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New tools speed drug discovery and disease research

13.03.2003


To study the genetic components of disease, researchers rely on mice or other research models in which particular genes are silenced, or turned off. In recent years, researchers discovered that they can selectively silence genes using small pieces of RNA called siRNA (short interfering RNA).



Unfortunately, sorting out which siRNA sequences block expression of which genes has proven to be truly daunting. Researchers at Whitehead Institute, however, recently released for public use a new computational tool that will vastly improve this process, streamlining drug discovery and disease research efforts.

A Needle in a Haystack


To harness the power of siRNA, researchers need predictive tools to narrow down the search for siRNA molecules that are most likely to affect a gene in a desired way without affecting the function of other genes. Until now, hunting for siRNA candidates has been like looking for a needle in haystack. Given a gene of 3000 nucleotides, there are 2980 possible siRNA candidates that might affect how the gene functions. (siRNA sequences are approximately 21 nucleotide bases long).

The Biocomputing Group at Whitehead has greatly simplified this process by devising and publishing a web-based tool that can quickly narrow down siRNA candidates.

"Scientists routinely came to Biocomputing asking how they could more efficiently predict siRNA targets," says Lewitter. "Unfortunately, without suitable prediction tools, scientists had to randomly select siRNA strands from a pool of thousands of possibilities and hope that they would be successful in studying a gene of interest."

Faced with scientists’ mounting frustration, Biocomputing took on the challenge to develop an easy and efficient tool to predict which siRNA molecules will be effective in a particular experiment. "Using this tool, researchers can narrow down the possibilities of potential siRNAs to a small handful that are likely to be effective for studying a particular gene," says Lewitter.

To jumpstart the process, Lewitter initiated a collaboration with Tom Tuschl, a former Whitehead postdoc who had studied siRNA in David Bartel’s lab. Tuschl, who has further developed his characterization of siRNA, first at the Max Planck Institute and now at Rockefeller University, provided Biocomputing with a set of rules for determining candidate siRNAs devised from looking at many siRNA samples. These rules were based on qualities such as the size of the siRNA, its two-dimensional structure, and the components that start and stop the strands.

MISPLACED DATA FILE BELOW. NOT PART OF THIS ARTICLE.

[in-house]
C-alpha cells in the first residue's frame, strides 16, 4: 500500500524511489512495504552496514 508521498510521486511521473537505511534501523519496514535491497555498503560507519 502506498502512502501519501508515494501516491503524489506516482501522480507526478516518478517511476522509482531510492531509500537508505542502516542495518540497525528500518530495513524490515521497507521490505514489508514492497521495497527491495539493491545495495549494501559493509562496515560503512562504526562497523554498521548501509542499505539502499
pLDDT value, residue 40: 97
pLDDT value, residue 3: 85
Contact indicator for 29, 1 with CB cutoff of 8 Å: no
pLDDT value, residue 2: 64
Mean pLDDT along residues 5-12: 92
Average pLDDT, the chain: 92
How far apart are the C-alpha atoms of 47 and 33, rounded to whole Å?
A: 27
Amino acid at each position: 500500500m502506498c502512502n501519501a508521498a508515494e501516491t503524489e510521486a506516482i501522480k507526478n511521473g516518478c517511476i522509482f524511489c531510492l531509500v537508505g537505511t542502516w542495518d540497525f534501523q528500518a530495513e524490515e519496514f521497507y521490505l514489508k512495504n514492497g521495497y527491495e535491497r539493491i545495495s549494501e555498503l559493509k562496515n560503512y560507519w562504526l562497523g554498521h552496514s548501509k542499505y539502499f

Using Tuschl’s rules, Bingbing Yuan of the Biocomputing Group wrote a series of computer programs that made these rules available to researchers through a simple web form. Users can enter the human or mouse genes that they are studying and specify certain criteria, and the program selects and displays potential siRNA sequences that can be used to generate a desired genetic effect. When the researcher selects a candidate, the program searches further. An email shortly appears in the user’s inbox with a weblink that shows a refined siRNA target sequence based on the candidate.

Taking it to the Bench

The web-based tool has proven to be a great resource for Whitehead scientists. For researcher David Sabatini, the web tool has streamlined his lab’s efforts to study genes that control cell growth. "Until recently, the process by which we identified siRNA candidates was arbitrary. We now have a tool that enables us to make more precise selections, which saves time, energy, and money," says Sabatini.

Responding to the growing interest in siRNA from both academic and industry scientists, the Biocomputing Group has made their technology available to the public at http://jura.wi.mit.edu/bioc/siRNA/home.php. Based solely on word of mouth, groups in Europe and Asia, as well as throughout the United States, are already flocking to the site.

But, stresses Lewitter, this is just the tip of the iceberg. "Scientists face tremendous challenges in making use of today’s new technologies," she says. "We’re trying to eliminate some of these hurdles by developing computational tools that make sense out of an otherwise overwhelming sea of data. Although we’ve made some great strides, it’s clear that we’ve only just begun."

And so the work continues. Biocomputing’s current set of siRNA web tools will be followed by improvements based on examining all known siRNA experiments. The Biocomputing group is also collaborating with Carl Novina, a postdoc in Phillip Sharp’s lab in the Biology Department at MIT, who has developed an alternative method of predicting siRNA. Based on these contributions, Biocomputing intends to improve the predictive accuracy of the tool and provide a scoring system that will rank the efficacy of possible hits.

Kelli Whitlock | EurekAlert!
Further information:
http://www.wi.mit.edu/home.html

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